Fused silica may be expensive and complicated to produce, but the laser welding process developed at Fraunhofer IZM, which uses it as a connection for photonic chips, is something of a revolution. Welding with a CO2 laser enables robust and long-lasting connections without any adhesives at the optical interface.
Dr. Vanessa Zamora and her team at Fraunhofer IZM are the innovators behind the novel laser welding process which enables optical fibers to be welded directly to photonic integrated circuits (PiC) on fused silica. The use of a CO2 laser is not the only unique choice of the Eurostar project PICWeld. The project also uses fused silica whose adjusted coefficient of thermal expansion and its good compatibility with processes like laser welding make the material a better choice than more familiar interconnection options.
Interconnections for PiCs previously relied on an adhesive process. However, as Vanessa Zamora explains, the adhesive would decarbonize more often than not. “And the whole interconnect has to be replaced,” the scientist continues. For this reason, more and more clients are calling on her and her team to use processes with fused silica. Although this glass is expensive, the compounds would last longer and thus be more sustainable and cost-efficient in the long run.
Fused silica consists of 100% silicon dioxide (SiO2) in a non-crystalline state. Its purity makes it difficult to manufacture as the most expensive of the five common types of glass. One advantage is the material’s high temperature stability, as it can withstand temperatures of up to 1,200°C for brief periods of time. In addition, fused silica is characterized by an excellent coefficient of thermal expansion and good compatibility with processes like laser welding to create fiber joints.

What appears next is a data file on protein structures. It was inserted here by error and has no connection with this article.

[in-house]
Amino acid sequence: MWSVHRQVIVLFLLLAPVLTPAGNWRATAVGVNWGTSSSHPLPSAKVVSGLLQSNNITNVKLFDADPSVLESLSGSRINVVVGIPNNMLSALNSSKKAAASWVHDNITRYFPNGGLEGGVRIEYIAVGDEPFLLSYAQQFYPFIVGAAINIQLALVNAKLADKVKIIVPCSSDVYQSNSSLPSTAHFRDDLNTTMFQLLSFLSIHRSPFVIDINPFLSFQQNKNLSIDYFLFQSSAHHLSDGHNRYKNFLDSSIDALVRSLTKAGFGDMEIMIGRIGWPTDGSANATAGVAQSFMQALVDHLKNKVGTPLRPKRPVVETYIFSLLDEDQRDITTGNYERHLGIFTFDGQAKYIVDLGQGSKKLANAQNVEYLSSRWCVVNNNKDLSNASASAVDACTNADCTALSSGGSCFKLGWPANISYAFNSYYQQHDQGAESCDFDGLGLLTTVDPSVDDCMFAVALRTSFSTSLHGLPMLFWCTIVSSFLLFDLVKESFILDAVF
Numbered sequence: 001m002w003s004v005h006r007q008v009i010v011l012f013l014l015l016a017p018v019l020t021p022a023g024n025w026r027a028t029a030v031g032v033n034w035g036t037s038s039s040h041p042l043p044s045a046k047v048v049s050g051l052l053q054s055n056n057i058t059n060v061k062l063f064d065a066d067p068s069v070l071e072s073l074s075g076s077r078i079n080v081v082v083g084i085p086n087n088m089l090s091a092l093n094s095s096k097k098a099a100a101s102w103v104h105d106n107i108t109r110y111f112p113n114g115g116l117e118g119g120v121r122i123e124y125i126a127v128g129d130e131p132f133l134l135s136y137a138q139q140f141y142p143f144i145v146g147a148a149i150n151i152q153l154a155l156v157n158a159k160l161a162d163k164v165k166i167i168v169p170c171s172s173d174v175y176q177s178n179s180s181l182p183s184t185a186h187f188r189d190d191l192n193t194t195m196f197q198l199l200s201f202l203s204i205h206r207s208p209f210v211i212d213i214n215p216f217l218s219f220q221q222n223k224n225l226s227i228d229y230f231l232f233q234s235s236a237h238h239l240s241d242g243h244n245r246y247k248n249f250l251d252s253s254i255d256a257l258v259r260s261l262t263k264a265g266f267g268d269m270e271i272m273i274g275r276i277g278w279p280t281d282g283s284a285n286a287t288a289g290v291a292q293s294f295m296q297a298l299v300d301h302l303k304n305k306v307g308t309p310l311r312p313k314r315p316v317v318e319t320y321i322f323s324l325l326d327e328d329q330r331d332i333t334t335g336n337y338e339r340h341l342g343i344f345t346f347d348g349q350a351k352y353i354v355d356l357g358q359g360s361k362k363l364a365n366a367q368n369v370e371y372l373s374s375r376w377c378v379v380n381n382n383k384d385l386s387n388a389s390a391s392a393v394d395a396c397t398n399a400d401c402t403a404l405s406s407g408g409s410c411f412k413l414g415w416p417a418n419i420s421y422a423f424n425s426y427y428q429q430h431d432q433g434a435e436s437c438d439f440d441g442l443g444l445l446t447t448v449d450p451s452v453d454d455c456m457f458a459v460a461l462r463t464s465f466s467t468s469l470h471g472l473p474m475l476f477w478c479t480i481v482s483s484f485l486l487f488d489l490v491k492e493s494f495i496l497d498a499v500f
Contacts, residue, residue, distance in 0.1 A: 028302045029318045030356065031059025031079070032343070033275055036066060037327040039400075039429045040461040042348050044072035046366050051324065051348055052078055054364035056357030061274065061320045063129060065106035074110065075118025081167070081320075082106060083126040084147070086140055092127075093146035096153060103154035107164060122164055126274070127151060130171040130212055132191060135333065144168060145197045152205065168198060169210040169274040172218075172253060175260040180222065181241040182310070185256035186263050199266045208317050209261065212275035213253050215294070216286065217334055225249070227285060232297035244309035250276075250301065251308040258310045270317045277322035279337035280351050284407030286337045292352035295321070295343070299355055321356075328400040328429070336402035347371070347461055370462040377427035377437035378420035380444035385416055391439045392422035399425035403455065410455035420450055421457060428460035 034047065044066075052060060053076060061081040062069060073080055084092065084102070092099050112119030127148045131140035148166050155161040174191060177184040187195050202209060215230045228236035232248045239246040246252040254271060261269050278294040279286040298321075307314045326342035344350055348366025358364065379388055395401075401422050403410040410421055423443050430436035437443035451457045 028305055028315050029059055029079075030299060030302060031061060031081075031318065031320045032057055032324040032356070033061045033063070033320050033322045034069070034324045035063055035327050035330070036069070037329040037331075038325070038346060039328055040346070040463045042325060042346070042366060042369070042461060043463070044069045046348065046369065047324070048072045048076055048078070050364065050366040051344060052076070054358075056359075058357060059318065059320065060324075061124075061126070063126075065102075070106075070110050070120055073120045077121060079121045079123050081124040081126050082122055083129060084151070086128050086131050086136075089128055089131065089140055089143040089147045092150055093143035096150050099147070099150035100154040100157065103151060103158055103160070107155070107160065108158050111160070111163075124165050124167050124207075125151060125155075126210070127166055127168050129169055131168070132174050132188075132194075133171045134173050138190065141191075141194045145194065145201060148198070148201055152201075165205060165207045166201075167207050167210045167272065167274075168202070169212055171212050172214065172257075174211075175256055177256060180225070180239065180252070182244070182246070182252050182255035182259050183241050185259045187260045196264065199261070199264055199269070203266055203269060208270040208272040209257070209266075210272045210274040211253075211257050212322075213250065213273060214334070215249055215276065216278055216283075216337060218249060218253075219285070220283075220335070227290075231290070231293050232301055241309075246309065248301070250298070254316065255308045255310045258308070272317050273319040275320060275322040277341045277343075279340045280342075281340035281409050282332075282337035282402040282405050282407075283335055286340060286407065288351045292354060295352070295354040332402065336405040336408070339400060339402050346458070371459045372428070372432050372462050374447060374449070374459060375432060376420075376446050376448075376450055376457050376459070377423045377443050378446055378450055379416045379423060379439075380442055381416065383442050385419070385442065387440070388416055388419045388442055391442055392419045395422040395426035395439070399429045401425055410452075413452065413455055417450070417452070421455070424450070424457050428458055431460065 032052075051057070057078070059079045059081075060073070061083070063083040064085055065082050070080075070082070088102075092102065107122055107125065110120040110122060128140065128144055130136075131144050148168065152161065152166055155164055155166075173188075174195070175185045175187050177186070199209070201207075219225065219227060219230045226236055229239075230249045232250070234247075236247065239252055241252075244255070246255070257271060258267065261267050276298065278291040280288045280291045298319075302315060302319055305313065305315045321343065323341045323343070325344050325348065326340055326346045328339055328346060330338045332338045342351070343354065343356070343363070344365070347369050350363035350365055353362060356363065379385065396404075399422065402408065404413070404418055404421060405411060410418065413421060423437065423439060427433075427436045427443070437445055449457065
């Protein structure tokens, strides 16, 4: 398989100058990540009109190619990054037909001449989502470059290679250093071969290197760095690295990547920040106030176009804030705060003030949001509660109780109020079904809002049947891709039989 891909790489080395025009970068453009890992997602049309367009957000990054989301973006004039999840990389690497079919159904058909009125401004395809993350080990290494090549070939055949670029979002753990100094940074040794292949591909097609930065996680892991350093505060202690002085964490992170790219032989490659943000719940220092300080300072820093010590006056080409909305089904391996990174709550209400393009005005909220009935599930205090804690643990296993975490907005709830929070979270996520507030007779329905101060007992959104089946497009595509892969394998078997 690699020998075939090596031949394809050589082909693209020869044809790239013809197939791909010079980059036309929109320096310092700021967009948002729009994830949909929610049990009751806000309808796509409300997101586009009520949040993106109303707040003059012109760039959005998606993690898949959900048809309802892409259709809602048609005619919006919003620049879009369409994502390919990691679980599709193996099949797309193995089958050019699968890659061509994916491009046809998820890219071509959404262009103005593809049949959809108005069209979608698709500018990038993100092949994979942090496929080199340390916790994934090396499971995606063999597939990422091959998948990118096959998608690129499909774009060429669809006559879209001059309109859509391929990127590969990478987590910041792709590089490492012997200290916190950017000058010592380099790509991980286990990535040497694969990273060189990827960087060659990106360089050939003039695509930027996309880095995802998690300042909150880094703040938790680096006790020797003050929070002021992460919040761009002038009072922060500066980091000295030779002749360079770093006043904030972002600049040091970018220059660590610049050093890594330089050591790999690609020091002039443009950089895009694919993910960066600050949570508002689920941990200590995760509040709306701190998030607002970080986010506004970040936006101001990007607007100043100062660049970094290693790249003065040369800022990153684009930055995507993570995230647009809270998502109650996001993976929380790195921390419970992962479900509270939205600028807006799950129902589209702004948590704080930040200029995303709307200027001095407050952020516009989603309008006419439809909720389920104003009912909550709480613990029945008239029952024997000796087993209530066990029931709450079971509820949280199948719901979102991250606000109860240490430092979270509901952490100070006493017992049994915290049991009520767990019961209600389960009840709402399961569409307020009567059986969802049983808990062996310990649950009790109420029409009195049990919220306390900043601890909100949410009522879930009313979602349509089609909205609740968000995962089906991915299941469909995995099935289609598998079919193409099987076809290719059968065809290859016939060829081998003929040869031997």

New CO2 laser welding process
Creating fused silica fiber joints is not easy. That is why Vanessa Zamora developed an innovative welding process that uses a CO2 laser. It means that the creation of direct connections can be automated and scaled up, the scientist tells RealIZM. She mentions other advantages as well: “The CO2 laser allows connections to be made quickly and cost-effectively. It is also more compact compared to other lasers, such as the femtosecond laser. Furthermore, it gets you one step further and lets you connect several fibers to a waveguide-based PiC (using a fused silica substrate) in a robust and reliable way.”
Two lasers are used for the welding process. One of them is used exclusively for heating the substrate locally. This is essential, as only the combination of preheating and laser welding makes it possible to interconnect fused silica with fused silica, as Zamora explains.
CO2 laser welding allows the formation of direct fiber connections to be automated and scaled up and avoids the use of adhesives or other filler material at the optical interface. This guarantees a stable connection, which can be produced quickly and cost-effectively.
In future projects, the scientists want to combine arrays of fibers with PiC. These PiC should then be able to operate at extremely high or low temperatures. Quantum technology is one area driving much of the interest in this technology, because “all experiments in quantum physics take place at very low temperatures. There, too, you have the issue of compounds that do not last long enough. Our process could be applied in the very near future.” The automotive industry could also benefit from the fused silica laser welding process developed at Fraunhofer IZM, as the miniaturized photonic systems in automotive applications would sometimes run very hot and again need particularly robust fiber connections.
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This might also be interesting for you:
- Previous research project “PICWeld”
- Current research project “QWeld”
- Laser processing of glass at Fraunhofer IZM